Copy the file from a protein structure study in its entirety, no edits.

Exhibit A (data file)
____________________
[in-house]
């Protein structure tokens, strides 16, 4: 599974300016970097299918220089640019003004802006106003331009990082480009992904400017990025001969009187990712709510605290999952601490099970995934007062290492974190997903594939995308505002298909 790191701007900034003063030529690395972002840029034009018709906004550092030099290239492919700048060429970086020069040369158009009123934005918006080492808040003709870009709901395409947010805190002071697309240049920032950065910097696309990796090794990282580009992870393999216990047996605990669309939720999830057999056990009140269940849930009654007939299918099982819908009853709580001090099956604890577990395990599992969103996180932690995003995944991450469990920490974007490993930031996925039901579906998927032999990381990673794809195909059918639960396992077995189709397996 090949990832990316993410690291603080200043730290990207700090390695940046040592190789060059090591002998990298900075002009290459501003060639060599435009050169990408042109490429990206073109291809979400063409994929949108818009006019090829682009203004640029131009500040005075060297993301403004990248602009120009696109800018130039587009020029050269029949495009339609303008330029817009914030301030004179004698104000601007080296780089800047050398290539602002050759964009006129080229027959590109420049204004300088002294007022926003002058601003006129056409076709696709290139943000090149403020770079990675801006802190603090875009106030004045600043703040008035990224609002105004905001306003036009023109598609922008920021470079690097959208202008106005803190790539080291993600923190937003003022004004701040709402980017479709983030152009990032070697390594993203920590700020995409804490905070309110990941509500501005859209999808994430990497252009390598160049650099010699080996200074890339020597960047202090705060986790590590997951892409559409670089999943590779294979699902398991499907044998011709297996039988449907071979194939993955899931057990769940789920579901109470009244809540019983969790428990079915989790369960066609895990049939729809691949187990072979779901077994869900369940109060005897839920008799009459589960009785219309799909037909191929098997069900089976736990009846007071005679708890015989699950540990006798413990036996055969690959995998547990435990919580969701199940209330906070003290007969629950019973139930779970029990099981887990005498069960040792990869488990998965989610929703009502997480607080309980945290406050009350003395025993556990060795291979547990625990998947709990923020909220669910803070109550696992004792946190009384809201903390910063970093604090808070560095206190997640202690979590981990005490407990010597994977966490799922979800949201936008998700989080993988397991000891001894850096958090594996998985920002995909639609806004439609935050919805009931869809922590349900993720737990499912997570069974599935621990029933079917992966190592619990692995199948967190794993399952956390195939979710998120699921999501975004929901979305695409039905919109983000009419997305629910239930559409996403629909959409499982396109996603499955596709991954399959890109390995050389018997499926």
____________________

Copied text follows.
[in-house]
């Protein structure tokens, strides 16, 4: 599974300016970097299918220089640019003004802006106003331009990082480009992904400017990025001969009187990712709510605290999952601490099970995934007062290492974190997903594939995308505002298909 790191701007900034003063030529690395972002840029034009018709906004550092030099290239492919700048060429970086020069040369158009009123934005918006080492808040003709870009709901395409947010805190002071697309240049920032950065910097696309990796090794990282580009992870393999216990047996605990669309939720999830057999056990009140269940849930009654007939299918099982819908009853709580001090099956604890577990395990599992969103996180932690995003995944991450469990920490974007490993930031996925039901579906998927032999990381990673794809195909059918639960396992077995189709397996 090949990832990316993410690291603080200043730290990207700090390695940046040592190789060059090591002998990298900075002009290459501003060639060599435009050169990408042109490429990206073109291809979400063409994929949108818009006019090829682009203004640029131009500040005075060297993301403004990248602009120009696109800018130039587009020029050269029949495009339609303008330029817009914030301030004179004698104000601007080296780089800047050398290539602002050759964009006129080229027959590109420049204004300088002294007022926003002058601003006129056409076709696709290139943000090149403020770079990675801006802190603090875009106030004045600043703040008035990224609002105004905001306003036009023109598609922008920021470079690097959208202008106005803190790539080291993600923190937003003022004004701040709402980017479709983030152009990032070697390594993203920590700020995409804490905070309110990941509500501005859209999808994430990497252009390598160049650099010699080996200074890339020597960047202090705060986790590590997951892409559409670089999943590779294979699902398991499907044998011709297996039988449907071979194939993955899931057990769940789920579901109470009244809540019983969790428990079915989790369960066609895990049939729809691949187990072979779901077994869900369940109060005897839920008799009459589960009785219309799909037909191929098997069900089976736990009846007071005679708890015989699950540990006798413990036996055969690959995998547990435990919580969701199940209330906070003290007969629950019973139930779970029990099981887990005498069960040792990869488990998965989610929703009502997480607080309980945290406050009350003395025993556990060795291979547990625990998947709990923020909220669910803070109550696992004792946190009384809201903390910063970093604090808070560095206190997640202690979590981990005490407990010597994977966490799922979800949201936008998700989080993988397991000891001894850096958090594996998985920002995909639609806004439609935050919805009931869809922590349900993720737990499912997570069974599935621990029933079917992966190592619990692995199948967190794993399952956390195939979710998120699921999501975004929901979305695409039905919109983000009419997305629910239930559409996403629909959409499982396109996603499955596709991954399959890109390995050389018997499926």